|Smith & Wesson Model 57
3″ S&W M 657
|Place of origin
||Smith & Wesson
||48 oz (6″ bbl)
- 3 in
- 4 in
- 6 in (153 mm)
- 8-3/8 in (214 mm)
||Red insert front; adjustable rear
The Smith & Wesson Model 57 is a large frame, double-actionrevolver with a six round cylinder, chambered for the .41 Magnumcartridge, and designed and manufactured by the Smith & Wessonfirearms company.
The gun was designed as a weapon for law enforcement agencies. However, due to size and recoil it found more favor with civilian target shooters and hunters.
In the early 1960s, Elmer Keith, Bill Jordan, and Skeeter Skelton, all noted firearms authorities and authors, lobbied Remington Armsand Smith & Wesson to introduce a new .41 caliber police cartridge with the objective of filling a perceived ballistic performance gap between the .357 and .44 Magnums, thus creating a chamberingwhich they believed would be the ultimate for law enforcement purposes.
In April 1964 Remington responded by introducing the .41 Magnum cartridge, and in concert, Smith & Wesson launched the Model 57 revolver chambered for the new ammunition. Elmer Keith originally proposed the name “.41 Police” for the new cartridge, but Remington instead chose .41 Magnum, hoping to capitalize on the notoriety and popularity of its earlier Magnum offerings.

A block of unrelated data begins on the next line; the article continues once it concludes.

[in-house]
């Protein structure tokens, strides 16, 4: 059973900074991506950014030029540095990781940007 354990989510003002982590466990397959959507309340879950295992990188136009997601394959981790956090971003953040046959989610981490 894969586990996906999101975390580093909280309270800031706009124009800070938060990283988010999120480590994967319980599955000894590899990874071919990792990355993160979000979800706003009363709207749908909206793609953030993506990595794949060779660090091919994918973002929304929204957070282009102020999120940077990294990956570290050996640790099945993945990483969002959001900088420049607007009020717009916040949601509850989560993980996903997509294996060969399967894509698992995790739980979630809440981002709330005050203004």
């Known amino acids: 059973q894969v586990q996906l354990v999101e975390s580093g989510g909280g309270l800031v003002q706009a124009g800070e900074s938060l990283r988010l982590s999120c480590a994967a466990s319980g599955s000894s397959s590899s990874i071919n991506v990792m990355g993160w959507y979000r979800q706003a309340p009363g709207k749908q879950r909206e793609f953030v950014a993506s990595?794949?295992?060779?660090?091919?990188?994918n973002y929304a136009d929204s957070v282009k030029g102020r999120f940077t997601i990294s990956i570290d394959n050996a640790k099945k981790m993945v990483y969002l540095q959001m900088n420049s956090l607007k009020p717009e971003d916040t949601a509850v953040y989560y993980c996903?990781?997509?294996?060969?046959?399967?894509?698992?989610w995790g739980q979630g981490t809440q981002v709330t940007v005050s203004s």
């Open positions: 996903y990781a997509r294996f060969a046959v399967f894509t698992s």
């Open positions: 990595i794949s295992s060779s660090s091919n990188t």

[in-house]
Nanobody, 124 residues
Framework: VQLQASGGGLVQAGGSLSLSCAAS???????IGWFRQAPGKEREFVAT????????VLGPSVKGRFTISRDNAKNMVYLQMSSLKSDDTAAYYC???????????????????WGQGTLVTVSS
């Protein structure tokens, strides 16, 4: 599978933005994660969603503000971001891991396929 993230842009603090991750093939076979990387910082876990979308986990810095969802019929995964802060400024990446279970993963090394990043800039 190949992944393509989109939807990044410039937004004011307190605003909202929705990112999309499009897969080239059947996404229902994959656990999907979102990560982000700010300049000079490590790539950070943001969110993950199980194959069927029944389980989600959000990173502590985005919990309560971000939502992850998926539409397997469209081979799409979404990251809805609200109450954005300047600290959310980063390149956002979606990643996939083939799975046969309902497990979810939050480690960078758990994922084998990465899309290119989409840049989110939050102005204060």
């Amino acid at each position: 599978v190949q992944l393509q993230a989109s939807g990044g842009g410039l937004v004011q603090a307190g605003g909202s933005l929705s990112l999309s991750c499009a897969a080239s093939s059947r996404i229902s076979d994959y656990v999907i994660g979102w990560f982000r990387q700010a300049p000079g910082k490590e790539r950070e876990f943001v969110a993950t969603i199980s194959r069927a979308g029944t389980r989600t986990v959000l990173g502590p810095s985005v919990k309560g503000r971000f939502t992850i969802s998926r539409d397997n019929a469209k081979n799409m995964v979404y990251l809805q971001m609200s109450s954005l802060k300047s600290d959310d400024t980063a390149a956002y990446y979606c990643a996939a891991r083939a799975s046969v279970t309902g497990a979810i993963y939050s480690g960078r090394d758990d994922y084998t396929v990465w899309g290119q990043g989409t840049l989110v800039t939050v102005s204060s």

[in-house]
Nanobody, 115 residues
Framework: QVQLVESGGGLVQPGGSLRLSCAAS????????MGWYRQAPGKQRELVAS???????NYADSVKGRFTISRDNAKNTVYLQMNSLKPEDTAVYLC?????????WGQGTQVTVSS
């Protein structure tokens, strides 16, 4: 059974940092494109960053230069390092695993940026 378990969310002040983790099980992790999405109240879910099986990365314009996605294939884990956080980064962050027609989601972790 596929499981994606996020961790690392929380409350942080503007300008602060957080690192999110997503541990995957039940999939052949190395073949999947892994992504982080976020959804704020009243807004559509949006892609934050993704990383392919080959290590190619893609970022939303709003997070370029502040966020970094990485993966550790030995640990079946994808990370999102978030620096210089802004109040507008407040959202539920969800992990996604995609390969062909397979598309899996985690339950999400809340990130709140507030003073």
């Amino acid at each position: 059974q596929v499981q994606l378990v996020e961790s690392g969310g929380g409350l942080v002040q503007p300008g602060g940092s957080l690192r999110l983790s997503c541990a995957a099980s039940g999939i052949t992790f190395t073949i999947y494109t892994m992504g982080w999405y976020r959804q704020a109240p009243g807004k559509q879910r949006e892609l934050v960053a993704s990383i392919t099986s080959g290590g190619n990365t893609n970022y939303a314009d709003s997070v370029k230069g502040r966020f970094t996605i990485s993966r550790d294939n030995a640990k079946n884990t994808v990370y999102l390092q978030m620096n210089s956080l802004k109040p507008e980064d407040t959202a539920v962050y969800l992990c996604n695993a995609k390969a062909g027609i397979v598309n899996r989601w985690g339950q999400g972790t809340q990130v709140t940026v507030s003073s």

First introduced in April 1964, the Model 57 was produced with 4″, 6″, 6-1/2″, and 8-3/8″ barrels in both highly polished blued and nickel–plated finishes.
Using the S&W large “N” frame, the Model 57 was one of the companies’ premier products, offering superb fit and finish, basically the same pistol as the famous S&W Model 29, except in .41 instead of .44 caliber.
Like the Model 29, the 57 sported a red insert front sight with a white outline adjustable rear iron open sight, as well as a target trigger, target hammer, and oversized wooden target grips.
Remington originally offered two ammunition loadings in its .41 Magnum cartridge lineup. The first was a full-power 1300-1400 ft/s hunting or heavy-usage load using a jacketed soft point bullet which rivaled the stopping power of the mighty .44 Magnum while boasting less recoil and a flatter bullet trajectory.